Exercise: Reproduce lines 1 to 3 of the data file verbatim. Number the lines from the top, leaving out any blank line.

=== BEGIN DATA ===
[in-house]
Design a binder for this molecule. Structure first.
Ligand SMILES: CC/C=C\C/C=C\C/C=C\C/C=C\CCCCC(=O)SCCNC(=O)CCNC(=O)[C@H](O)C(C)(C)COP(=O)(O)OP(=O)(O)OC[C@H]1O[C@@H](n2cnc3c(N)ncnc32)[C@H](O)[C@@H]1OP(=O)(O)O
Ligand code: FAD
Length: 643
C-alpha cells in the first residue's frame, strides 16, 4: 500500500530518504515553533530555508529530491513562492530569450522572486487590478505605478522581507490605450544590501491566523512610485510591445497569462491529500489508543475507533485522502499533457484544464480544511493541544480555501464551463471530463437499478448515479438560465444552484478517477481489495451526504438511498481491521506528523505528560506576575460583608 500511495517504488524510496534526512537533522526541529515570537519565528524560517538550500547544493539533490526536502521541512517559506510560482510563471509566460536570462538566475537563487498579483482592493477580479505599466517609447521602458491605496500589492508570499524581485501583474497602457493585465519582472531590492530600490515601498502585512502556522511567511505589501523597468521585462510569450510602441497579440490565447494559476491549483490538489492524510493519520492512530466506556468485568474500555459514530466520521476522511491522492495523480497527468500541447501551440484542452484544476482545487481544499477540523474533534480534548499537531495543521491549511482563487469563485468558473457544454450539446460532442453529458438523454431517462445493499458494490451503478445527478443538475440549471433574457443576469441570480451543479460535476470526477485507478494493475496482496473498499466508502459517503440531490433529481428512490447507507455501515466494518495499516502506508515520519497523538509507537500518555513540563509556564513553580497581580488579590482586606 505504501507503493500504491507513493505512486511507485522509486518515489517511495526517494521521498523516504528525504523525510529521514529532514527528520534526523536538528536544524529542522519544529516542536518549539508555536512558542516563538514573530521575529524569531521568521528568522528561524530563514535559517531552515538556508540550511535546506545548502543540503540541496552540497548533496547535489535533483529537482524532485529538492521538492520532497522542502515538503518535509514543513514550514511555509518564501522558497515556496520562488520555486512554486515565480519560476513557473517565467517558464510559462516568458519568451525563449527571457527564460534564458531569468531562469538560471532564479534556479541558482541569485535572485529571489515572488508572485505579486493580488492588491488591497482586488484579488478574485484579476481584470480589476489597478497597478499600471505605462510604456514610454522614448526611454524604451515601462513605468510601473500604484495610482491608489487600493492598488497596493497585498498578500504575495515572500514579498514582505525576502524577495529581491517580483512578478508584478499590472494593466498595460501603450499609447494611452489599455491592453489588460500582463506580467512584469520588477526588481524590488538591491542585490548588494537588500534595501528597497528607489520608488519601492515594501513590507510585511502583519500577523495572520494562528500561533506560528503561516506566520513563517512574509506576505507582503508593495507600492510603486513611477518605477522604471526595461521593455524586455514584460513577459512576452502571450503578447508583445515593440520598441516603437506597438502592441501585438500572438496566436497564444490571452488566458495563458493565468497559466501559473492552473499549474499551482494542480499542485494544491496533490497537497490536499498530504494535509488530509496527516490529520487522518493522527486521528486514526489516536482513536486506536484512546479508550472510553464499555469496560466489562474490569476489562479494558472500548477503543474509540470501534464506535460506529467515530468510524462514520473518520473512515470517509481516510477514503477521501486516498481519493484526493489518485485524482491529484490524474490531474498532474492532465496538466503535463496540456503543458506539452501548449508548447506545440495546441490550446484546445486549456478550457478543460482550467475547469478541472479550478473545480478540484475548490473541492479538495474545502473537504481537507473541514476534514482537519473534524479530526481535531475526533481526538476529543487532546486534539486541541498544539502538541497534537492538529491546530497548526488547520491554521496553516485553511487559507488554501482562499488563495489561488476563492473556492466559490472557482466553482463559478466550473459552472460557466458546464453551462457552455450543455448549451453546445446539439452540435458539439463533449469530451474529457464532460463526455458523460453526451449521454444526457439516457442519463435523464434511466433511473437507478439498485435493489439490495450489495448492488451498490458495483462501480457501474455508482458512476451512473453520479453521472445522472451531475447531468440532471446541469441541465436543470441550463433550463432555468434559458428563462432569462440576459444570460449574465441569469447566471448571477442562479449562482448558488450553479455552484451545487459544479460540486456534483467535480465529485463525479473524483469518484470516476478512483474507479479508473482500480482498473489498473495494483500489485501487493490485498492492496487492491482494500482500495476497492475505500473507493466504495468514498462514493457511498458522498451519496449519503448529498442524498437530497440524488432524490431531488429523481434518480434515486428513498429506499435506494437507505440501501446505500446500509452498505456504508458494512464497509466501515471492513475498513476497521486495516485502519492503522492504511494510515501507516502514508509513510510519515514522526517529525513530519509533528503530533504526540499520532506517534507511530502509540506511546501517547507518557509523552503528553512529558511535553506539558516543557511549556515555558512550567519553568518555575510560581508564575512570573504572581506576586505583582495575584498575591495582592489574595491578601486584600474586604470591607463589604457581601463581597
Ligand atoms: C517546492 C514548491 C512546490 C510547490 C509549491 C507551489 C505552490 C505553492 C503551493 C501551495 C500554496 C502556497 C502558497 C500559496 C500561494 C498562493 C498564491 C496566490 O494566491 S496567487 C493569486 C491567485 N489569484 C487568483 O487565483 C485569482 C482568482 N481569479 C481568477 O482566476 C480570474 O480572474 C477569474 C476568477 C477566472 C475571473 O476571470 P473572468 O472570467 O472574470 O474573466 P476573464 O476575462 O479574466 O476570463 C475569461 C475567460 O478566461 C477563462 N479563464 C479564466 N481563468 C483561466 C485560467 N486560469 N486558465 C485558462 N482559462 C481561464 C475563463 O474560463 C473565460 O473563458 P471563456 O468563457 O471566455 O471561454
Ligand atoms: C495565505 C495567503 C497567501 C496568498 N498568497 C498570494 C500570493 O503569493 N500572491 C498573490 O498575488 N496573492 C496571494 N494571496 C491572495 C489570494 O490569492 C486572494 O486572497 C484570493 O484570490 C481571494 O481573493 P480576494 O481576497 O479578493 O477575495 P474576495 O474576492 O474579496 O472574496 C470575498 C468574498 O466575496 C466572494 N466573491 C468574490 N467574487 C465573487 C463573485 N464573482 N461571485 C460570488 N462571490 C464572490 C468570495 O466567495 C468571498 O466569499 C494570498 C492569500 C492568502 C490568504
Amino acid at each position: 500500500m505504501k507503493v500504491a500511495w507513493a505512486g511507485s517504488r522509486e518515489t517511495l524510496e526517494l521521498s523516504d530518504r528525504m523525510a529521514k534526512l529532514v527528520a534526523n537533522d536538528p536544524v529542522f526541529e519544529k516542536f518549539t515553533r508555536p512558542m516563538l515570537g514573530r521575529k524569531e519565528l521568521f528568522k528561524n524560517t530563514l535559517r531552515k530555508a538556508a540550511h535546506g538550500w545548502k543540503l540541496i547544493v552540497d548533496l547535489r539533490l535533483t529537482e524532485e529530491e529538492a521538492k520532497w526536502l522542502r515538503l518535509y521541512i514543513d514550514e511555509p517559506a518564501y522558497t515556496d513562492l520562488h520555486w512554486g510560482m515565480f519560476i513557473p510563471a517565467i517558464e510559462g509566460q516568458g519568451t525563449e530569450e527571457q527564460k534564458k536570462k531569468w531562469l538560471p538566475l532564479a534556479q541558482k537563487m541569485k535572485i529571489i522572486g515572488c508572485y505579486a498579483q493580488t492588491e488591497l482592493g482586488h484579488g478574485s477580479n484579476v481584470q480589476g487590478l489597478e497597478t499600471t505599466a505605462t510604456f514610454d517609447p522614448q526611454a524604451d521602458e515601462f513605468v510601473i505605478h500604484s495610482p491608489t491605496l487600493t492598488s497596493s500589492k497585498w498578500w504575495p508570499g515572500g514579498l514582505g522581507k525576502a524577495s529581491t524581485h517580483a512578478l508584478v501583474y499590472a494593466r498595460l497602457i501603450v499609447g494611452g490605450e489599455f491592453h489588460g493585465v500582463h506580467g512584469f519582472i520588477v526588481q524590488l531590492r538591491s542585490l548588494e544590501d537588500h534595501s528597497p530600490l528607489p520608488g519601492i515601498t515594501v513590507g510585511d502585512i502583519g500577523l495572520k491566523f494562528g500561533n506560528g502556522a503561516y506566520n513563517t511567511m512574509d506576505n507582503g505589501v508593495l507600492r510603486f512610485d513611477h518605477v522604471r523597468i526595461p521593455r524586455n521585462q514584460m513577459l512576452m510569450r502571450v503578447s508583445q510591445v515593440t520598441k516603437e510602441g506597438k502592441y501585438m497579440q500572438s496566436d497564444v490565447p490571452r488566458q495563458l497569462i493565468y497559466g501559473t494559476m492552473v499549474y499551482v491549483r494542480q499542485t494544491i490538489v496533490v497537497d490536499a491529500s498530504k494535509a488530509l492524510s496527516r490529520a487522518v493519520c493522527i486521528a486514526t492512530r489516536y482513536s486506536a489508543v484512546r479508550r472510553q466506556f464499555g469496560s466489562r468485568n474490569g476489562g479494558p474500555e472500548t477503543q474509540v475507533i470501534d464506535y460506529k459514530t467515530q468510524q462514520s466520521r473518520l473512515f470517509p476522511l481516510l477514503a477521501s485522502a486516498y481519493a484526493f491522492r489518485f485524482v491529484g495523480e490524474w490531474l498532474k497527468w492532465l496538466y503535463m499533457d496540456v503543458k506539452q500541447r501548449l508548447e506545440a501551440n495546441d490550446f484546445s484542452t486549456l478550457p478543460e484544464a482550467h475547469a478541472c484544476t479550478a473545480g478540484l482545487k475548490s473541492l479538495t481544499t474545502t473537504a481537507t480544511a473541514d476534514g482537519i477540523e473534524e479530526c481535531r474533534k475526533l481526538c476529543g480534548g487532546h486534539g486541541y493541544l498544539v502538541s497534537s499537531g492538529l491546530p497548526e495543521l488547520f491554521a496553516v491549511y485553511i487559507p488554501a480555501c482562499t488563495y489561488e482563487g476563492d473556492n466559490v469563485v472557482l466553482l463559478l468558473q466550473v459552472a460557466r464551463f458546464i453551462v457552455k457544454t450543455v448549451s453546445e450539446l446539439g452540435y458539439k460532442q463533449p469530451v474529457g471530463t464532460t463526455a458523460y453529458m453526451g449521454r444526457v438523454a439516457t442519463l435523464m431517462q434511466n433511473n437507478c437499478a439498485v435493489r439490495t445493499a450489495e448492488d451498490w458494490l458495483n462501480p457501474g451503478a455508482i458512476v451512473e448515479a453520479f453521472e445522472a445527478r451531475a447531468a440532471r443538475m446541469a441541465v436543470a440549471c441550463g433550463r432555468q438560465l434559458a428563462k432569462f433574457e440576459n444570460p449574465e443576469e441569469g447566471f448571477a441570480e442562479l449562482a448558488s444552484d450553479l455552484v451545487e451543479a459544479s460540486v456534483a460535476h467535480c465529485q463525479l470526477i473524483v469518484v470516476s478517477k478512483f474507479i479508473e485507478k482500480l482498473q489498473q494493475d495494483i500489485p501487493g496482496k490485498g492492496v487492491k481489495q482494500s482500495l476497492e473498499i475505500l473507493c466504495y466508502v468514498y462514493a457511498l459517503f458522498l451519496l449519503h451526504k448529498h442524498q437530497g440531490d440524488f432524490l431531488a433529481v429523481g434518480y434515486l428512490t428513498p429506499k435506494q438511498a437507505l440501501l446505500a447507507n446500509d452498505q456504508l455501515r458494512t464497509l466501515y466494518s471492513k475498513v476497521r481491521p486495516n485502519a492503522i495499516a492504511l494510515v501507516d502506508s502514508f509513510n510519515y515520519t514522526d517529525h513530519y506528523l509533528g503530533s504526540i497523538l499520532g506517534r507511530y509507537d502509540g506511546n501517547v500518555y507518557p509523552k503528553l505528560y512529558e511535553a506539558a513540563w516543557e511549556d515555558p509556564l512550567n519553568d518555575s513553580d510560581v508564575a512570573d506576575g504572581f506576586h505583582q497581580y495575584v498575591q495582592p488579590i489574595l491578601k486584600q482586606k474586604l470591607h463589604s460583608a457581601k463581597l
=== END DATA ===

[in-house]
Design a binder for this molecule. Structure first.
Ligand SMILES: CC/C=C\C/C=C\C/C=C\C/C=C\CCCCC(=O)SCCNC(=O)CCNC(=O)[C@H](O)C(C)(C)COP(=O)(O)OP(=O)(O)OC[C@H]1O[C@@H](n2cnc3c(N)ncnc32)[C@H](O)[C@@H]1OP(=O)(O)O